Due to an engineering oversight, the PlayStation does not produce a proper signal on several older models of televisions, causing the display to flicker or bounce around the screen. Since only a small percentage of PlayStation owners used such televisions, Sony decided not to change the console design, and instead gave consumers the option of sending their PlayStation unit to a Sony service centre to have an official modchip installed, which would allow it to play on older televisions.[57]

Copy protection[]

Prior to the PlayStation, the reproduction of copyrighted material for game consoles was restricted to either enthusiasts with exceptional technical ability, or others that had access to CD manufacturers. However, the increased availability of cheap CD burners at this time led Sony to introduce a special wobble pressed into PlayStation formatted discs. As a result, any discs that did not contain the wobble such as CD-R copies or standard pirated discs could not boot on the console.[58][59] This wobble was used to encode the disc "region", for example a disc destined for distribution in the NTSC-U/C region would encode the letters "SCEA"; in Europe, "SCEE"; in Japan, "SCEI". This served as copy protection as well as region-locking.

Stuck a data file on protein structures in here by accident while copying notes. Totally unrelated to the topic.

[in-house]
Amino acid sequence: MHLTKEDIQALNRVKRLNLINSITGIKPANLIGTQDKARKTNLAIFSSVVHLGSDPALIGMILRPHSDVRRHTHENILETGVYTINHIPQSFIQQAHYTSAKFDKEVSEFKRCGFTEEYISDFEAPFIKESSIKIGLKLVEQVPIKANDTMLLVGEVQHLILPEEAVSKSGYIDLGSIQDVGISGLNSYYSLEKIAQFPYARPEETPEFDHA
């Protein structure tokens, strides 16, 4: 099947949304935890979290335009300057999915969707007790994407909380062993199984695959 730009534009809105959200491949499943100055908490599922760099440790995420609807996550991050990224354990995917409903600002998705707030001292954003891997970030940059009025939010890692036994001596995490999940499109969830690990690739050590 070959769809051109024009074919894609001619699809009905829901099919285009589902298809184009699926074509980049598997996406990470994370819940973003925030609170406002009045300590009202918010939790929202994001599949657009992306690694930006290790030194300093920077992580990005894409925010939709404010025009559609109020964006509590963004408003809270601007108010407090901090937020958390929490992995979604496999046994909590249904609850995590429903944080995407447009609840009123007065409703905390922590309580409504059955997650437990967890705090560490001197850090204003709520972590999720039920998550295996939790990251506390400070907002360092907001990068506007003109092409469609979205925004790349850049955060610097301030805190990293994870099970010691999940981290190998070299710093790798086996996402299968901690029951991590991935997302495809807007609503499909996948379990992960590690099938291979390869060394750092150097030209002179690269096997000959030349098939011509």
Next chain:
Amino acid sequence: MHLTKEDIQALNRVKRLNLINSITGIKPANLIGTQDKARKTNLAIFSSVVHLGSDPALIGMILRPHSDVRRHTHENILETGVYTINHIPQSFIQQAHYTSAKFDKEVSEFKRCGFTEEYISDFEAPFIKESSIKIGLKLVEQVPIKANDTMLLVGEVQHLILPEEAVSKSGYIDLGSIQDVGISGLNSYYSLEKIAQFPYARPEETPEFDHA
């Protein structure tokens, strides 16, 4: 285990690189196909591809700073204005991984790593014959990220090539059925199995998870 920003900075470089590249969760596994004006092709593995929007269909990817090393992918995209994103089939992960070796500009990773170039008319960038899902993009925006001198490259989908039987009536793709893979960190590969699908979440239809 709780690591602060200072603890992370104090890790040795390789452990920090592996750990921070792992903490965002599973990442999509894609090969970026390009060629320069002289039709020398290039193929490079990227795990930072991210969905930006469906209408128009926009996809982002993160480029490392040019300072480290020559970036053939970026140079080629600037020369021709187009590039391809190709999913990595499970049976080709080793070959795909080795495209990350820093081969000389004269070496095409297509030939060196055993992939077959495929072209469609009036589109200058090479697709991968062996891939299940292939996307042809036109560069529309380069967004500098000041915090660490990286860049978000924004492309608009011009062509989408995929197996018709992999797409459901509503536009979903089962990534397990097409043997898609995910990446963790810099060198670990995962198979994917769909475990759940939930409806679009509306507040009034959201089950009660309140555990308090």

The installation of an unofficial modchip allowed the PlayStation to play games recorded on a regular CD-R. Since it worked by injecting the correct region data into the stream it also allowed the console to play games from any region.

Several open source modchips were designed using readily available electronic parts, by the end of the system's life cycle almost anyone with minimal soldering experience was able to perform these modifications. This created a wave of games developed without official approval using free, unofficial tools, as well as the reproduction of original discs.[58] With the introduction of such devices the console became very attractive to programmers and illegal copiers alike, as well as those who merely wished to protect the lifespan of their lawful, original discs.[60]

Some companies (notably Datel) did manage to produce discs that booted on unmodified retail units while using special equipment.[61]


Instead of a D-pad, which is used for directional movement in nearly every other console then on the market, the PlayStation controller uses four directional buttons.[62]


Peripherals released for the PlayStation include memory cards,[63] the PlayStation Mouse,[64] the PlayStation Analog Joystick,[65] the PlayStation Link Cable,[63] the Multiplayer Adapter (a four-player multitap),[63] the Memory Drive (a disk drive for 3.5 inch floppy disks),[66] the GunCon (a light gun), and the Glasstron (a monoscopic head-mounted display).[67]

Technical specifications[]


A comparison of the SCPH-1001 (bottom), SCPH-5001 (middle) and SCPH-9001 (top) models. The SCPH-900x revision saw the removal of the Parallel I/O port while the RCA jacks were removed in the SCPH-500x revision.